Gray-scale original next to a binary halftone generated with an error diffusion method.

Fig. 8
Fig. 8

Results after the two images from Fig. 7 are subjected to the evaluation model with a viewing distance of 300 mm and an assumed print resolution of 300 dots per inch.

Fig. 9
Fig. 9

Spectrum of the perceived original (left) and spectrum of the perceived and printed error diffusion halftone (right). For low frequencies the two spectra have similar characteristics, whereas the halftone spectrum has much more energy for high frequencies.

Fig. 10
Fig. 10

Clustered-dot halftone (here the perceived and printed halftone) (left) and its spectrum (right). Note that the spectrum has a very different characteristic compared with the spectrum of the error diffusion method shown in Fig. 9.

Fig. 11
Fig. 11

Each frequency component of the Fourier transform can be represented with a vector in the complex plane. The phase and the amplitude of the component are described by the direction and the magnitude of the vector.

Fig. 12
Fig. 12

The frequency components of the reconstructed original Rˆ are derived from the projection of the original component Oˆ onto the halftone component Hˆ. In (a) a part of Hˆ is used as a descriptor of Oˆ. In (b) the projected vector is greater than Hˆ. Hˆ itself is therefore used as the reconstruction vector. In (c) the phase difference between Oˆ and Hˆ is greater than 90°, and thus no part of Hˆ is a good descriptor of Oˆ. Rˆ is therefore set to be the null vector.

Fig. 13
Fig. 13

Reconstruction from the error diffusion halftone in Fig. 8 next to the extracted halftone carrier. Their respective dc components have been adjusted for the purpose of illustration.

Fig. 14
Fig. 14

Reconstruction from the clustered-dot halftone in Fig. 10 next to the extracted halftone carrier. Their respective dc components have been adjusted for the purpose of illustration.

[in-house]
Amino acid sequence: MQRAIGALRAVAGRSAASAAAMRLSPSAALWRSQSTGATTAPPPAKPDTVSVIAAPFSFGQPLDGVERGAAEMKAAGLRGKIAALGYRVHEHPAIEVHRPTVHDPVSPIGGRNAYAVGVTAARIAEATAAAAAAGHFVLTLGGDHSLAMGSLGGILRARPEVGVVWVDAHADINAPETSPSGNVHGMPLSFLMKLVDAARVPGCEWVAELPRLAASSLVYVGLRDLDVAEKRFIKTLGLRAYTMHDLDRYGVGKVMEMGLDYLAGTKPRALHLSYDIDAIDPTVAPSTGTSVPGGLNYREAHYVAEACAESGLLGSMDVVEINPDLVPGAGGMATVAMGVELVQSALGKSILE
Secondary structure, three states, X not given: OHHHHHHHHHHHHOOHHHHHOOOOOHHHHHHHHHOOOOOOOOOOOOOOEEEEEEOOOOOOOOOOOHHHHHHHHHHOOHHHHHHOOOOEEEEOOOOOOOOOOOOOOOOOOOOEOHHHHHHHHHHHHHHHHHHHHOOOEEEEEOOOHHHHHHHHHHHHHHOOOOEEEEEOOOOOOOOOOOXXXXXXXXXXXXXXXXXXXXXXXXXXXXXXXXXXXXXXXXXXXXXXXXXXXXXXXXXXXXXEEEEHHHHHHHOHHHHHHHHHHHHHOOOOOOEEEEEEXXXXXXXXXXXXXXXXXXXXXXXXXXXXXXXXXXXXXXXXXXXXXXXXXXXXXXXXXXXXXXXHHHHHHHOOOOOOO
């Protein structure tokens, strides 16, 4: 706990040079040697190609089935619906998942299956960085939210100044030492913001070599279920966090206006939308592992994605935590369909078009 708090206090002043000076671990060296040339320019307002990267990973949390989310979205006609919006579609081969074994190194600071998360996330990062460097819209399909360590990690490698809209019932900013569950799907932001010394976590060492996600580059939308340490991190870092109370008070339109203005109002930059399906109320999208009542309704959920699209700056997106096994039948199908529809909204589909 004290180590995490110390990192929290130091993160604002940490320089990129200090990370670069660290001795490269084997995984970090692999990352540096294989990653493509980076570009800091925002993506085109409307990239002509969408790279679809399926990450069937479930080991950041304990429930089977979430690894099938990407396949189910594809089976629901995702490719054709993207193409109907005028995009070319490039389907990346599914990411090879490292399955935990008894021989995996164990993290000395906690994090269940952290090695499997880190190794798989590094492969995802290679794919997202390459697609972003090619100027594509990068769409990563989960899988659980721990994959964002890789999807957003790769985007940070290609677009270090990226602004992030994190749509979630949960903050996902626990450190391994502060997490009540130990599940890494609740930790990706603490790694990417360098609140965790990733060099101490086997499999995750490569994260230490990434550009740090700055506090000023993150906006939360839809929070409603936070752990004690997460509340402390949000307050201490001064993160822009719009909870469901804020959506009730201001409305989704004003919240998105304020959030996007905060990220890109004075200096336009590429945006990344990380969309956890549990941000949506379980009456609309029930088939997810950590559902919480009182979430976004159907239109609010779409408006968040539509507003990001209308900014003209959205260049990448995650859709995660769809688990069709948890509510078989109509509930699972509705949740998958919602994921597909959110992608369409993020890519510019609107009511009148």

Fig. 15
Fig. 15

Difference functions for the error diffusion and clustered-dot methods used in the figures together with the error function for a second clustered-dot method [method (2)] with a smaller cell size than the first.

Fig. 16
Fig. 16

Proposed weight functions for evaluation of the halftones’ capability of reproducing smooth transitions and details. The smoothness is evaluated with the low-frequency deviation function, and the detail rendering is evaluated with the loss-of-details and loss-of-fine-details functions.

Fig. 17
Fig. 17

Carriers for the error diffusion and clustered-dot methods used in the figures together with the carrier for a clustered-dot method with a smaller cell size (method 2).

Fig. 18
Fig. 18

Proposed weight functions for evaluation of the disturbance caused by the carrier: the low-frequency disturbance function, the medium–high-frequency disturbance function, and the very-high-frequency disturbance function.

Tables (2)

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Table 1 Quality Measures Derived from the Error Functions

Tables Icon

Table 2 Quality Measures Derived from the Carrier Functions

Equations (8)

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(B*H)(x, y)=mnB(x-m, y-n)H(m, n).
P(x, y)=R0 a2πr exp(-ar)
T(x, y)=10-Dmax[(B * H)(x, y)],
R(x, y)={[I(x, y)T(x, y)]*P(x, y)}T(x, y),
Hrms(r)=u,vS(r)|F(u, v)|2u,vS(r)11/2,
r=δ(2n-1),n[1, 2,, N],
S(r)=[(u, v)|(r-δ<u2+v2r+δ)].
QMa=rH(r)Wa(r),